In-Q-Tel How American Taxpayers Support Spying on Themselves

While you may or may not realize it, American taxpayers have and may well still be paying to spy on themselves and their social media interactions through a venture capital arm of the American intelligence network. 

Back in February 1999, before terrorism made a regular appearance on the news, a company by the name of In-Q-Tel was founded by Norman R. Augustine, a retired Chairman and CEO of Lockheed Martin and Under Secretary of the Army and Gilman Louie, a venture capitalist who became the first CEO of the company.  In-Q-Tel was chartered as a private, independent, non-profit corporation incorporated in Delaware

Here is Mr. Augustine's biography from the Bipartisan Policy Center:

Here is Mr. Louie's biography from the Alsop Louie Partners website:

What you may not be aware of is that In-Q-Tel was chartered by the CIA as a venture capital firm.  In-Q-Tel was envisaged as a platform through which the research and development efforts of the CIA could be expanded into the private sector with the following mission:

"To exploit and develop new and emerging information technologies and pursue R&D that produce innovative solutions to the most pressing problems facing the CIA and Intelligence Community."

Under the In-Q-Tel model, the CIA (aka American taxpayers since the funding is supplied by the federal government) provide investment capital to startup companies that are tasked with finding solutions to problems that the CIA faces in other words, a hybrid "technology accelerator" and a "strategic investment firm".  According to a 2013 study on In-Q-Tel by John T. Reinert in the Northwestern Journal of International Law and Business, the company receives annual funding of about $37 million as part of the CIA's budget for the Directorate of Science and Technology.  After annually assessing approximately 1000 companies out of a database of 100,000, In-Q-Tel makes twelve to fifteen investments annually and, when it finds a company that seems promising, it will invest between $500,000 and $3 million with 15 to 20 percent of that amount going towards an equity position in the company and the remainder being used to cover licensing agreements and contracts to develop the company's technology so that it best suits the needs of the CIA.  As well, given its investment in the company, In-Q-Tel assumes an advisory position on the portfolio company's board of directors in order to ensure that any changes to the company or its product are easily discovered.  When In-Q-Tel realizes a profit on its investments, the profits may then be re-allocated to a new project.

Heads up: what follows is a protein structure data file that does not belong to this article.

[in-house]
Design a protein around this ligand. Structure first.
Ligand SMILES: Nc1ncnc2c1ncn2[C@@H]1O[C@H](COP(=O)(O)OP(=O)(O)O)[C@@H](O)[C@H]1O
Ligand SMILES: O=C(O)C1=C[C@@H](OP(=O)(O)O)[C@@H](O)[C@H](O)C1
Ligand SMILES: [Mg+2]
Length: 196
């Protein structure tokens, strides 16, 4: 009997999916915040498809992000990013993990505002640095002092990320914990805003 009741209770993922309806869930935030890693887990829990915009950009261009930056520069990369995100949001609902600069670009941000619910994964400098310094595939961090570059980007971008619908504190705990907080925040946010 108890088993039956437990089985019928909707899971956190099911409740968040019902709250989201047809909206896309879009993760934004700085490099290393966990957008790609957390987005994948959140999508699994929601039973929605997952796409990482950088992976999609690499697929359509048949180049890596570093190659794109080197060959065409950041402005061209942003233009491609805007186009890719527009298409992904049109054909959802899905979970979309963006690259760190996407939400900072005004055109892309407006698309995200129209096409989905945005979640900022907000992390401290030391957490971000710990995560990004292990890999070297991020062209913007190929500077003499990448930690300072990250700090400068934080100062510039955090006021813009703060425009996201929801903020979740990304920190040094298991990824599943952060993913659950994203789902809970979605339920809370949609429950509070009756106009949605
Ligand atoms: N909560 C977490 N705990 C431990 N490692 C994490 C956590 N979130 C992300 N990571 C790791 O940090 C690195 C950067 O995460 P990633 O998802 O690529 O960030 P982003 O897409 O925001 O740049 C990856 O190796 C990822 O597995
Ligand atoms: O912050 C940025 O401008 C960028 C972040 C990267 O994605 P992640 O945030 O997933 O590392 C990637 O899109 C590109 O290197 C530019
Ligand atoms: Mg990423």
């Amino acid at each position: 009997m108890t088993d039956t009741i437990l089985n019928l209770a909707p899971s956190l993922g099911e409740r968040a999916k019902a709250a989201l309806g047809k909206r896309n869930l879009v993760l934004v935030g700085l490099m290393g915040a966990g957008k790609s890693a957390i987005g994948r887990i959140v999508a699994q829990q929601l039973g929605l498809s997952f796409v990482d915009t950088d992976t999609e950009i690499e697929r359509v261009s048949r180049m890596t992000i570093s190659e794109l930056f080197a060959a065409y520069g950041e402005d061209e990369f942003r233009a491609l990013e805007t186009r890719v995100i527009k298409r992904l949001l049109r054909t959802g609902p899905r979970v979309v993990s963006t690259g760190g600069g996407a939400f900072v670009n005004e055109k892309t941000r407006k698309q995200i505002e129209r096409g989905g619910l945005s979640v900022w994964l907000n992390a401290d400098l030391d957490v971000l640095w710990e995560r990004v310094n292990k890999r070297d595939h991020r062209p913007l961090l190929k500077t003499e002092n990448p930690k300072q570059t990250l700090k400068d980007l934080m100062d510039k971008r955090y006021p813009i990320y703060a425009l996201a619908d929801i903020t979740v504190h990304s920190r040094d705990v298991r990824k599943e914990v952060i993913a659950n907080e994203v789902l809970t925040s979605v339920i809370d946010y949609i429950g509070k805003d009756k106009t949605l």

Here is the lead webpage for In-Q-Tel's website:

Here is the current management team and their "photos":

Here is the current Board of Trustees which reads like a who's who of the Deep State given that a number of them have passed through either the CIA or the United States military:

Since its founding, In-Q-Tel has had more than 1,500 venture capital co-investing relationships as shown on this rather meaningless "Investing Ecosystem" graphic:

In-Q-Tel states that it works "side-by-side" with other venture capitalists so that it isn't footing the entire bill to develop technology in key areas of interest including cybersecurity, biotechnology, novel materials, remote sensing and deep learning for data analytics.